This week, with some time off from the “day job,” I have been visiting some spots I haven’t been to in a number of years, hoping to check out some local fall color action. As usual, I always seem to end up with something more interesting than what I had initially planned for. In my visit to Stony Creek Metropark (surprised me there was actually a Wikipedia entry for this!), I was hoping to revisit some spots along the creek that I photographed long ago. The image I have is from October 9, 2004, photographed with my D2H camera – preserved with a whopping 4MP. I thought it would be nice to have a more detailed image with more up to date gear. Well, turns out this scene no longer exists.
The shoreline trees in this spot have been cleared, and the creek was running much deeper than in the past, so I don’t know if all the shoreline rocks were also gone. I didn’t even bother photographing the new spot as it didn’t have much appeal to me. I continued on hoping perhaps to find a different spot that was similar.
As I followed one of the trails, I came to a large clearing that had some waist to chest height prairie grasses. Mixed with these grasses were seed heads of flowers long past, but now covered with frost. It was pretty cold – our first dip down to 32 deg F this fall. Well, I thought this spot was just the coolest thing. The grasses provided for a pleasant landscape backdrop, and I began working the frosty seed heads into some compositions.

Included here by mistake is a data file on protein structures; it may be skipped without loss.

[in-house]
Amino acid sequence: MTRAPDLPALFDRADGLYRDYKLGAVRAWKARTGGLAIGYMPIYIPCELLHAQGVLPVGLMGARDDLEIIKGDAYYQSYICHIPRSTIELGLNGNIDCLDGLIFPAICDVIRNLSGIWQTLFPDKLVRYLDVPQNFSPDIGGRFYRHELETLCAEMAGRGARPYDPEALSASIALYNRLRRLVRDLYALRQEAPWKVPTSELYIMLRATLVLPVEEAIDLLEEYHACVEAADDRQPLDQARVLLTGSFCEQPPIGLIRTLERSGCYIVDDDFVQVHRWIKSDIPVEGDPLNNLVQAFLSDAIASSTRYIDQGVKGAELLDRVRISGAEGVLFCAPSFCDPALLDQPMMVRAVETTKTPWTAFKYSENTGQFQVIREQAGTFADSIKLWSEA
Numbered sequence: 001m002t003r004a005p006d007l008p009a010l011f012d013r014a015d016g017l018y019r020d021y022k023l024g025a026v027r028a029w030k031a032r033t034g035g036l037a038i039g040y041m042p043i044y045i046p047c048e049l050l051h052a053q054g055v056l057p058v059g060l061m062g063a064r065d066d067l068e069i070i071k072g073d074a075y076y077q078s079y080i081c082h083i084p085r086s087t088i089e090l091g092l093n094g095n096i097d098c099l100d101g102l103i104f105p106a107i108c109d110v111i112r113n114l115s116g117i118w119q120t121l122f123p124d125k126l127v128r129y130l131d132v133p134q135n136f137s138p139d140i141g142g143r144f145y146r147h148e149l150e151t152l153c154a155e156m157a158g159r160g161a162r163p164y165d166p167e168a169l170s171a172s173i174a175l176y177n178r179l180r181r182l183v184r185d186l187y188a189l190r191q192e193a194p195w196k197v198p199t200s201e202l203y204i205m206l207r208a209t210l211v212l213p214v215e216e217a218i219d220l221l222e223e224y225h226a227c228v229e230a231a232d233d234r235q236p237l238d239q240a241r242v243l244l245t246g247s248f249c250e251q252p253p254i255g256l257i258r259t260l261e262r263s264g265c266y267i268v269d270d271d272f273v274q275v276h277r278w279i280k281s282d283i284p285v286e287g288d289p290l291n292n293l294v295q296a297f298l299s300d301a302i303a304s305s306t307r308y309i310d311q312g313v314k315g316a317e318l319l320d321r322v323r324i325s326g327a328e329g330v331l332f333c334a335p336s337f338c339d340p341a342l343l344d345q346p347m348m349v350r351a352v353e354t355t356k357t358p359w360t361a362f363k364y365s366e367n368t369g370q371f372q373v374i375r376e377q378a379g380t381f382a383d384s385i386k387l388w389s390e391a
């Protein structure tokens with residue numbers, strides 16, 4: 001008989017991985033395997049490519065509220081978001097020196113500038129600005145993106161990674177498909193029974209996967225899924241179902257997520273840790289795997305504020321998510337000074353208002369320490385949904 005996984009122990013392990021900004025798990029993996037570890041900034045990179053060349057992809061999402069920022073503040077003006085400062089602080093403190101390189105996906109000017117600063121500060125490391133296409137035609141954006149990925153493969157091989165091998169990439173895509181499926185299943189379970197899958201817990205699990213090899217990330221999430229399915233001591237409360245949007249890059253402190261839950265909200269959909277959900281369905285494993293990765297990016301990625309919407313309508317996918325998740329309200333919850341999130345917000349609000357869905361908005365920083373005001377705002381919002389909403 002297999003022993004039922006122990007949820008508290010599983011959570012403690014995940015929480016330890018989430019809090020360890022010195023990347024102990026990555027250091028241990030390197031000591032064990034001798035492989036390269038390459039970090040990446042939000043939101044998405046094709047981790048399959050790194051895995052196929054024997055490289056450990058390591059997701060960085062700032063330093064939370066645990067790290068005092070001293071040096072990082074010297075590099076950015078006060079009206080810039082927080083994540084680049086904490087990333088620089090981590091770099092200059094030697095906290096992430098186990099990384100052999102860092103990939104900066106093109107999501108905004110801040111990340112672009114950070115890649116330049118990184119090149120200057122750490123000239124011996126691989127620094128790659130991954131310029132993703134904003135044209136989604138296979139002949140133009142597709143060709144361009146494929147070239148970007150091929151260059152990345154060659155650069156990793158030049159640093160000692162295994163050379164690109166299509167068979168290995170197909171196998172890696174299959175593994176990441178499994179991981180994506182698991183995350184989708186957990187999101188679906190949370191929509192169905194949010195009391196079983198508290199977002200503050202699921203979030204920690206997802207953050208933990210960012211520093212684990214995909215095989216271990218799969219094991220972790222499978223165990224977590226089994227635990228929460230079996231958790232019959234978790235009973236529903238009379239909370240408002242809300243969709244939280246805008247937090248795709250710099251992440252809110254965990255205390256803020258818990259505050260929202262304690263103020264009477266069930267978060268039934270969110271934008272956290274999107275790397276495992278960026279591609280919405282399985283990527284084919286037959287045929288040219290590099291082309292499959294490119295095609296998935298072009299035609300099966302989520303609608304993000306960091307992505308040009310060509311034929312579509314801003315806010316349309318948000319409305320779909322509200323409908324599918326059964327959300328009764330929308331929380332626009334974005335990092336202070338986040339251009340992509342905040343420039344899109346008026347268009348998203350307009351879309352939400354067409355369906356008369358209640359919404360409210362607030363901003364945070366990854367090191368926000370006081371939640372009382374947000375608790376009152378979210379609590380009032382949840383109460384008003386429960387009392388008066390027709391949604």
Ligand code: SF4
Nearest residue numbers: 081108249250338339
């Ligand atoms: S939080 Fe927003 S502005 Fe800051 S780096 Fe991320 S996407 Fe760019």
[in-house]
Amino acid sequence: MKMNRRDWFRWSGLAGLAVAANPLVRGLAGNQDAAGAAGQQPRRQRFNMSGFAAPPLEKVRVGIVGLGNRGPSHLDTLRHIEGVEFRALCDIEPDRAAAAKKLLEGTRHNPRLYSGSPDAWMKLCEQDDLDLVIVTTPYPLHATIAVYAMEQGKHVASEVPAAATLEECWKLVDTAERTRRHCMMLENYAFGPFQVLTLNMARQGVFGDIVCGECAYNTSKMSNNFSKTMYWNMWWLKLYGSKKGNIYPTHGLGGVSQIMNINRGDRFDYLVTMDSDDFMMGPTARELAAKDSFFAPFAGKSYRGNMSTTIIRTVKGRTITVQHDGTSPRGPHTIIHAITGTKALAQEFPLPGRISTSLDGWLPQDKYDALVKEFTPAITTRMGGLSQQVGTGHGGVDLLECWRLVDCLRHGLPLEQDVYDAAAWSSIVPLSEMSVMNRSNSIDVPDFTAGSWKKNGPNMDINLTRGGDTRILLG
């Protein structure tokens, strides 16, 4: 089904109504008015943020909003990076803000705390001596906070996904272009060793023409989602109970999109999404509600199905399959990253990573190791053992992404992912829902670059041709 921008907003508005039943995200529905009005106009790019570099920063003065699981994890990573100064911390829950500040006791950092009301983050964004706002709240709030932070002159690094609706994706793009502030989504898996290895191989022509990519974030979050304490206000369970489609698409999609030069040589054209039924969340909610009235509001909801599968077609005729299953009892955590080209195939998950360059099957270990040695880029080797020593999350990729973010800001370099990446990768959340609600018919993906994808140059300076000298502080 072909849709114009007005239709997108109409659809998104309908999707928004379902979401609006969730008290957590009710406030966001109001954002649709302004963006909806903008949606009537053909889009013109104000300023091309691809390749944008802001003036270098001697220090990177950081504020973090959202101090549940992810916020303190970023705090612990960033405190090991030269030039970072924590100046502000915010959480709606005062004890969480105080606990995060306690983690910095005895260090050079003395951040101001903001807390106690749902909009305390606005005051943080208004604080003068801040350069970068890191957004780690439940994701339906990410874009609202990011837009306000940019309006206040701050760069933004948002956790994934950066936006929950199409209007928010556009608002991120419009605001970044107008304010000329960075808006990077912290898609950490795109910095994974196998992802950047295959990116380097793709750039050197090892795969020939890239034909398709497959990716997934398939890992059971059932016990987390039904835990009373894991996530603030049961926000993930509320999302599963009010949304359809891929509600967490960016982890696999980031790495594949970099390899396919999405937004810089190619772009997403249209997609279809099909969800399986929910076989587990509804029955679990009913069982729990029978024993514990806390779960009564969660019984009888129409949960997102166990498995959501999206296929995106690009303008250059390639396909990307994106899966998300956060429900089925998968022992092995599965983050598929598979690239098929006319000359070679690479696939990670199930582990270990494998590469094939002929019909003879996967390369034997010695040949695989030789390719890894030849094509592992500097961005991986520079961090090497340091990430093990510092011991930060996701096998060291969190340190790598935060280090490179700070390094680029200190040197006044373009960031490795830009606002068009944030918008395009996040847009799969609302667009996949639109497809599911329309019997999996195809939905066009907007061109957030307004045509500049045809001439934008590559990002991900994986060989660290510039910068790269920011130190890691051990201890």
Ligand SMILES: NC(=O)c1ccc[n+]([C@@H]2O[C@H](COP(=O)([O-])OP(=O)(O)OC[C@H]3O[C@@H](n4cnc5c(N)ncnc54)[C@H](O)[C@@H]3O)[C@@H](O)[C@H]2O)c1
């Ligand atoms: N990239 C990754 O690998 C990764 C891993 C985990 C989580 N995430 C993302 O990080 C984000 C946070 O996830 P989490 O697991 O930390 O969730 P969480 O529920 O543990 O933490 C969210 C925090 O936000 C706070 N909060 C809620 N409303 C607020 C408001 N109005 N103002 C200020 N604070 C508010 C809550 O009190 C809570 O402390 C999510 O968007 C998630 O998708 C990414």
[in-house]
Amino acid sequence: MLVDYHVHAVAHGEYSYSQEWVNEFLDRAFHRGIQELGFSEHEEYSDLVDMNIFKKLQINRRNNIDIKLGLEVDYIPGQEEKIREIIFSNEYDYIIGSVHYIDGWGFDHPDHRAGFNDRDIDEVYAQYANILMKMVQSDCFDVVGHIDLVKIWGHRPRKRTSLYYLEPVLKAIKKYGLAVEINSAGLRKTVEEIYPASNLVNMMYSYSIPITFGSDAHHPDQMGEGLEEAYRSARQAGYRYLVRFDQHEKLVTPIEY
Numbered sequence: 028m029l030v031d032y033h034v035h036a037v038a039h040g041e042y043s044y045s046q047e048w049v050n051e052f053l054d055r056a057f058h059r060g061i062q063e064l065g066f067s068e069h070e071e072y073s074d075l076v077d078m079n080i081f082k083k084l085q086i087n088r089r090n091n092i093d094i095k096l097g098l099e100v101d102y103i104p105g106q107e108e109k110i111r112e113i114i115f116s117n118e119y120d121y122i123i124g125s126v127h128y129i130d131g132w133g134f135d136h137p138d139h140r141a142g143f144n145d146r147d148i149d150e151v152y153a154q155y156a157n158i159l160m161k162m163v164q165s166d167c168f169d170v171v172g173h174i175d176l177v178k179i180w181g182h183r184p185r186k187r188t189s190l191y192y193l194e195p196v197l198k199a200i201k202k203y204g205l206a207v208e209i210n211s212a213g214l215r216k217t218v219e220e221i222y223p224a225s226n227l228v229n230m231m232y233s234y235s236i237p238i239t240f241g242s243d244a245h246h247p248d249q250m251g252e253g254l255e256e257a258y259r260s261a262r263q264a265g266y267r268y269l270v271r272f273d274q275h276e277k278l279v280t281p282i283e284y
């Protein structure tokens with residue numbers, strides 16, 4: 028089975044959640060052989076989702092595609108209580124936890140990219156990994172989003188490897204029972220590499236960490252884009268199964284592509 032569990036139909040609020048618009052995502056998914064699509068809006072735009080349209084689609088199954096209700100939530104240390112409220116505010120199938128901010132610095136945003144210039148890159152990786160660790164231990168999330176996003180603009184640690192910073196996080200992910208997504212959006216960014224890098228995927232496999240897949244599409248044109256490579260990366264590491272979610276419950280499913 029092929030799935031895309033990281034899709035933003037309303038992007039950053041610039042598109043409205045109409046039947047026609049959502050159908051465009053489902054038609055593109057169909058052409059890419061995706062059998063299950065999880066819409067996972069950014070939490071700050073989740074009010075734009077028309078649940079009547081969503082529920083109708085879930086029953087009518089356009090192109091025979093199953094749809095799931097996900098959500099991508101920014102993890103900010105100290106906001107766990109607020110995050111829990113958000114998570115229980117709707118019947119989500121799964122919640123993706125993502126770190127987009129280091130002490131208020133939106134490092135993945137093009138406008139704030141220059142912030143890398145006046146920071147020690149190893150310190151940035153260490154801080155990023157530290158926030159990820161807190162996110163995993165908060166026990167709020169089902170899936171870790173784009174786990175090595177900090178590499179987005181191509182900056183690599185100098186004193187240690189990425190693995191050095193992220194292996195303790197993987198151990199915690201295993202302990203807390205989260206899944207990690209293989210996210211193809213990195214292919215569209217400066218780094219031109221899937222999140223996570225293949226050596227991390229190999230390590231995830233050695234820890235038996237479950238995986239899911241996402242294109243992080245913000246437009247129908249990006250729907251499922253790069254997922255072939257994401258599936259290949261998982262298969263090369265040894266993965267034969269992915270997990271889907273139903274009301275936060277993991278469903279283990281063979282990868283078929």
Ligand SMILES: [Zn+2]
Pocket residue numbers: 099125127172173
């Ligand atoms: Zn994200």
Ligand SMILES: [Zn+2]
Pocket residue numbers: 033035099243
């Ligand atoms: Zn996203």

With my hopes of getting some fall creek shots diminished, and clear sky overhead, I decided to spend my time here instead as the light would soon become pretty harsh. There was a sign posted near here describing this landscape as what once was an Oak Savanna, around the time of Native Americans roaming here. But when European settlers came in, fires were prevented, and this landscape was turned into land for grazing cattle. The native grasses and wildflowers disappeared. The park, now a protected space, is restoring the oak savanna to how it once was, and using controlled burns to restore the native flowers and grasses. So this appears to also be a changing landscape over time, and it looks better now than one that was grazed upon.
I suppose change is certainly one thing we can count on. Landscapes are destroyed and renewed. Some are preserved, others are not. Even those under “preservation” are changing as trees mature and fall, oceans rise, and shorelines change. In the grand scope of time, it seems these places can be as fleeting as the photographs themselves.